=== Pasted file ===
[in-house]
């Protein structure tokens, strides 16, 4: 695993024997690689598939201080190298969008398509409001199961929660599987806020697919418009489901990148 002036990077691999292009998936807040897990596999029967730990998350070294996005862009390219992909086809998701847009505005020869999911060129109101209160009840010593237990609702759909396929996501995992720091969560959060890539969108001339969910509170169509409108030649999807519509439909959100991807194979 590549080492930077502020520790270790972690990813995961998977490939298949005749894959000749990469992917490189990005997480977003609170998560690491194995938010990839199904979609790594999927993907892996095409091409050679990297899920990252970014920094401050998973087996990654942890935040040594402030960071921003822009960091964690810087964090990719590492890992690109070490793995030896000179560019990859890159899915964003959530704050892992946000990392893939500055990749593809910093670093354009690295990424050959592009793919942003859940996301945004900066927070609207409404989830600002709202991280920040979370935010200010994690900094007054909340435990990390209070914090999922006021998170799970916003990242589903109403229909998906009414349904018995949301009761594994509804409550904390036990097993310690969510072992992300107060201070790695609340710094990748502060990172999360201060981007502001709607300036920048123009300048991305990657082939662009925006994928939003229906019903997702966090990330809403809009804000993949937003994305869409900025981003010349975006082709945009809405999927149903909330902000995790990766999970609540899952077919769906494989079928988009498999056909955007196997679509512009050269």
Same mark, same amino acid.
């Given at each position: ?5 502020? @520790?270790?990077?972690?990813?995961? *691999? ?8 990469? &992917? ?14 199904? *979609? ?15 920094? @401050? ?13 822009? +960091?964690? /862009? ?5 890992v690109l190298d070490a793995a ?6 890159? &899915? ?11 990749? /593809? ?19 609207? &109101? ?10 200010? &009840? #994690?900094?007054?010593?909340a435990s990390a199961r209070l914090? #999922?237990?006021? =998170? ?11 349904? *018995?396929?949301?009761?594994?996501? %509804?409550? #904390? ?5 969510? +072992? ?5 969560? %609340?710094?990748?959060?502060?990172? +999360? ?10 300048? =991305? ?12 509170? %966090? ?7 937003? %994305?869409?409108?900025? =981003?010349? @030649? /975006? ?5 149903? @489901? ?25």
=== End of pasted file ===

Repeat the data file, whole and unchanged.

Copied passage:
[in-house]
């Protein structure tokens, strides 16, 4: 695993024997690689598939201080190298969008398509409001199961929660599987806020697919418009489901990148 002036990077691999292009998936807040897990596999029967730990998350070294996005862009390219992909086809998701847009505005020869999911060129109101209160009840010593237990609702759909396929996501995992720091969560959060890539969108001339969910509170169509409108030649999807519509439909959100991807194979 590549080492930077502020520790270790972690990813995961998977490939298949005749894959000749990469992917490189990005997480977003609170998560690491194995938010990839199904979609790594999927993907892996095409091409050679990297899920990252970014920094401050998973087996990654942890935040040594402030960071921003822009960091964690810087964090990719590492890992690109070490793995030896000179560019990859890159899915964003959530704050892992946000990392893939500055990749593809910093670093354009690295990424050959592009793919942003859940996301945004900066927070609207409404989830600002709202991280920040979370935010200010994690900094007054909340435990990390209070914090999922006021998170799970916003990242589903109403229909998906009414349904018995949301009761594994509804409550904390036990097993310690969510072992992300107060201070790695609340710094990748502060990172999360201060981007502001709607300036920048123009300048991305990657082939662009925006994928939003229906019903997702966090990330809403809009804000993949937003994305869409900025981003010349975006082709945009809405999927149903909330902000995790990766999970609540899952077919769906494989079928988009498999056909955007196997679509512009050269």
Same mark, same amino acid.
């Given at each position: ?5 502020? @520790?270790?990077?972690?990813?995961? *691999? ?8 990469? &992917? ?14 199904? *979609? ?15 920094? @401050? ?13 822009? +960091?964690? /862009? ?5 890992v690109l190298d070490a793995a ?6 890159? &899915? ?11 990749? /593809? ?19 609207? &109101? ?10 200010? &009840? #994690?900094?007054?010593?909340a435990s990390a199961r209070l914090? #999922?237990?006021? =998170? ?11 349904? *018995?396929?949301?009761?594994?996501? %509804?409550? #904390? ?5 969510? +072992? ?5 969560? %609340?710094?990748?959060?502060?990172? +999360? ?10 300048? =991305? ?12 509170? %966090? ?7 937003? %994305?869409?409108?900025? =981003?010349? @030649? /975006? ?5 149903? @489901? ?25």